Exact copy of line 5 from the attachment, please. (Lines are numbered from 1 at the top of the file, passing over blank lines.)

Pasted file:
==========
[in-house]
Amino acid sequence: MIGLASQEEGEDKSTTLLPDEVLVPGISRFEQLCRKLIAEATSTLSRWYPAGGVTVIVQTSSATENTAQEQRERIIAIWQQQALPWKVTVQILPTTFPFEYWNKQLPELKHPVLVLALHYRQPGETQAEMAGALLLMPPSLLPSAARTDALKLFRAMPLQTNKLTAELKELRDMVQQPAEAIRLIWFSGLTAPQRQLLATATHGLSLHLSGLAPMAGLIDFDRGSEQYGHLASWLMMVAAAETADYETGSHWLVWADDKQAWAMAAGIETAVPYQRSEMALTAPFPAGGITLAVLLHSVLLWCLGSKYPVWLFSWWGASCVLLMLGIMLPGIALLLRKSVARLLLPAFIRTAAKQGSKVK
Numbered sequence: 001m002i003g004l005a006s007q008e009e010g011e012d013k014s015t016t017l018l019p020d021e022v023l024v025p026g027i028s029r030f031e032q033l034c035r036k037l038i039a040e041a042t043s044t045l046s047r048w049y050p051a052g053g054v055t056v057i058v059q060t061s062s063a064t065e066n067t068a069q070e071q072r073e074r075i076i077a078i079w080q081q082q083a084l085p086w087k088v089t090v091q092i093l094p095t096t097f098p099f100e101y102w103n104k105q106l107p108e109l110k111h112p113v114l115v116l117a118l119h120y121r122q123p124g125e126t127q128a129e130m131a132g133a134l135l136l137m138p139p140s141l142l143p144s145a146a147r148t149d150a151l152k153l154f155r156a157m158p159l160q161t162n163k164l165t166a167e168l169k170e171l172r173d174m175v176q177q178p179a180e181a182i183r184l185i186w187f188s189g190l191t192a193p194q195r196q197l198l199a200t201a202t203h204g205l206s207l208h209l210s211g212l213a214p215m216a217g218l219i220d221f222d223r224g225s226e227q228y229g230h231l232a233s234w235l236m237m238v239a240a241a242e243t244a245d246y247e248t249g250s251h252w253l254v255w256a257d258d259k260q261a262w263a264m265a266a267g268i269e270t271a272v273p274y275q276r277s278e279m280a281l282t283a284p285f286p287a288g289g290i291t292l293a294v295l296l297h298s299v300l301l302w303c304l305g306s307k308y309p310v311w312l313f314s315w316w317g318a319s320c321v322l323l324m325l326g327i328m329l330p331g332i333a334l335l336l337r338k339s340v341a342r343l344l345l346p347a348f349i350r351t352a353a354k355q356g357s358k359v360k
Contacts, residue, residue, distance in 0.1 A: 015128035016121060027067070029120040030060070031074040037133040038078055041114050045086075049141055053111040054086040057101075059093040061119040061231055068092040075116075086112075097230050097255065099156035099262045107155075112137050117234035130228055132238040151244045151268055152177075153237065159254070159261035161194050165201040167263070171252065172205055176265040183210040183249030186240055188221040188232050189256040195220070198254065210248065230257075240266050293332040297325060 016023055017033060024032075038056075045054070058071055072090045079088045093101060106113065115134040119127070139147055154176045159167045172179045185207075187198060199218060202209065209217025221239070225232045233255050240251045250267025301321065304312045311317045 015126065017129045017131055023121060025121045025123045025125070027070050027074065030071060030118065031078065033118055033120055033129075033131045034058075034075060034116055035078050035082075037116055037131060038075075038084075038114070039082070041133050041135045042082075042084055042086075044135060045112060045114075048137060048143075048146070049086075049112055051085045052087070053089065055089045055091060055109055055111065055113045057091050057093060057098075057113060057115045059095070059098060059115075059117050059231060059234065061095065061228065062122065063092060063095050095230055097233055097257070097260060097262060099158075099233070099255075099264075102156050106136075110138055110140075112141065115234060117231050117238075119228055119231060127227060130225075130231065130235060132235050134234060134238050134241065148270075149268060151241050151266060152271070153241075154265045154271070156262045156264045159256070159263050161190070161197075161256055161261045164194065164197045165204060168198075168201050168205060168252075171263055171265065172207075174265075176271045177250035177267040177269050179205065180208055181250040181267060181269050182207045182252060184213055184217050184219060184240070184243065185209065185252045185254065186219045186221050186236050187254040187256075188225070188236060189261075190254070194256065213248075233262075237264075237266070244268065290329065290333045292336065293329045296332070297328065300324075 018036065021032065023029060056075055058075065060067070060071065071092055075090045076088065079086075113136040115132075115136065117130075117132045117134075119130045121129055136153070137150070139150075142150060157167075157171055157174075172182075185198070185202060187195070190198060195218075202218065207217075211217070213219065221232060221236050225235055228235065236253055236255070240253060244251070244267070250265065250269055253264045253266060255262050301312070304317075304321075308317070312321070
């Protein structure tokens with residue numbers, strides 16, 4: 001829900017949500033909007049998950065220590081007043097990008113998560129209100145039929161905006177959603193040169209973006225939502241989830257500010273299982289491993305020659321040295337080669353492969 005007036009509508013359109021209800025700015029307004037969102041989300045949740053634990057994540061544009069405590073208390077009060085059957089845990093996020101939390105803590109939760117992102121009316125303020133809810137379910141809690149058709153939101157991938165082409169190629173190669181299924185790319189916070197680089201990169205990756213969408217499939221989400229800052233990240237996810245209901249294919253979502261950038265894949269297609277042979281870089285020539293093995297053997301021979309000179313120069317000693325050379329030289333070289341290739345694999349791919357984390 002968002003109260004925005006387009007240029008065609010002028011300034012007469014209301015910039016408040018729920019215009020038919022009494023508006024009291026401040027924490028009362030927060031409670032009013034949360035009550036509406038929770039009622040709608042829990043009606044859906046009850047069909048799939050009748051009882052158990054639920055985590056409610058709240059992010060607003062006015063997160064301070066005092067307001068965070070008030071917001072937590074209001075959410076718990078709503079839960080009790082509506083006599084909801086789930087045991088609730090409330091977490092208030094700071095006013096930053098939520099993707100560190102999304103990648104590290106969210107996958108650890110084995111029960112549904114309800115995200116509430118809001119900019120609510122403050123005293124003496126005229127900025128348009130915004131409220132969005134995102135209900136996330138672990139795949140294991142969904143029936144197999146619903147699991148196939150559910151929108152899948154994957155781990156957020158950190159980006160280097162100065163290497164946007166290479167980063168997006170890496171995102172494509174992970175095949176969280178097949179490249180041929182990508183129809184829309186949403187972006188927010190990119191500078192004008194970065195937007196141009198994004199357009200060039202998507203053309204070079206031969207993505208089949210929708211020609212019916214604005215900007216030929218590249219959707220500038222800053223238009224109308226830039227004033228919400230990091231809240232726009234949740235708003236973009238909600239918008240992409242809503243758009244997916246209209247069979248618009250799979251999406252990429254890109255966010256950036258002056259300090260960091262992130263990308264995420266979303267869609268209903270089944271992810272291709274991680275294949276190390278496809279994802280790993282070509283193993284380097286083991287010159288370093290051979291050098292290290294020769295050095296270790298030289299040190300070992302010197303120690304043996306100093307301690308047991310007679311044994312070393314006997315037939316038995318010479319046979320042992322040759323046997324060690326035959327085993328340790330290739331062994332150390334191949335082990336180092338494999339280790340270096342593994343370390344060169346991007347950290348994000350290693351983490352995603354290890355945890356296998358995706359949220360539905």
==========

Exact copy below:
């Protein structure tokens with residue numbers, strides 16, 4: 001829900017949500033909007049998950065220590081007043097990008113998560129209100145039929161905006177959603193040169209973006225939502241989830257500010273299982289491993305020659321040295337080669353492969 005007036009509508013359109021209800025700015029307004037969102041989300045949740053634990057994540061544009069405590073208390077009060085059957089845990093996020101939390105803590109939760117992102121009316125303020133809810137379910141809690149058709153939101157991938165082409169190629173190669181299924185790319189916070197680089201990169205990756213969408217499939221989400229800052233990240237996810245209901249294919253979502261950038265894949269297609277042979281870089285020539293093995297053997301021979309000179313120069317000693325050379329030289333070289341290739345694999349791919357984390 002968002003109260004925005006387009007240029008065609010002028011300034012007469014209301015910039016408040018729920019215009020038919022009494023508006024009291026401040027924490028009362030927060031409670032009013034949360035009550036509406038929770039009622040709608042829990043009606044859906046009850047069909048799939050009748051009882052158990054639920055985590056409610058709240059992010060607003062006015063997160064301070066005092067307001068965070070008030071917001072937590074209001075959410076718990078709503079839960080009790082509506083006599084909801086789930087045991088609730090409330091977490092208030094700071095006013096930053098939520099993707100560190102999304103990648104590290106969210107996958108650890110084995111029960112549904114309800115995200116509430118809001119900019120609510122403050123005293124003496126005229127900025128348009130915004131409220132969005134995102135209900136996330138672990139795949140294991142969904143029936144197999146619903147699991148196939150559910151929108152899948154994957155781990156957020158950190159980006160280097162100065163290497164946007166290479167980063168997006170890496171995102172494509174992970175095949176969280178097949179490249180041929182990508183129809184829309186949403187972006188927010190990119191500078192004008194970065195937007196141009198994004199357009200060039202998507203053309204070079206031969207993505208089949210929708211020609212019916214604005215900007216030929218590249219959707220500038222800053223238009224109308226830039227004033228919400230990091231809240232726009234949740235708003236973009238909600239918008240992409242809503243758009244997916246209209247069979248618009250799979251999406252990429254890109255966010256950036258002056259300090260960091262992130263990308264995420266979303267869609268209903270089944271992810272291709274991680275294949276190390278496809279994802280790993282070509283193993284380097286083991287010159288370093290051979291050098292290290294020769295050095296270790298030289299040190300070992302010197303120690304043996306100093307301690308047991310007679311044994312070393314006997315037939316038995318010479319046979320042992322040759323046997324060690326035959327085993328340790330290739331062994332150390334191949335082990336180092338494999339280790340270096342593994343370390344060169346991007347950290348994000350290693351983490352995603354290890355945890356296998358995706359949220360539905």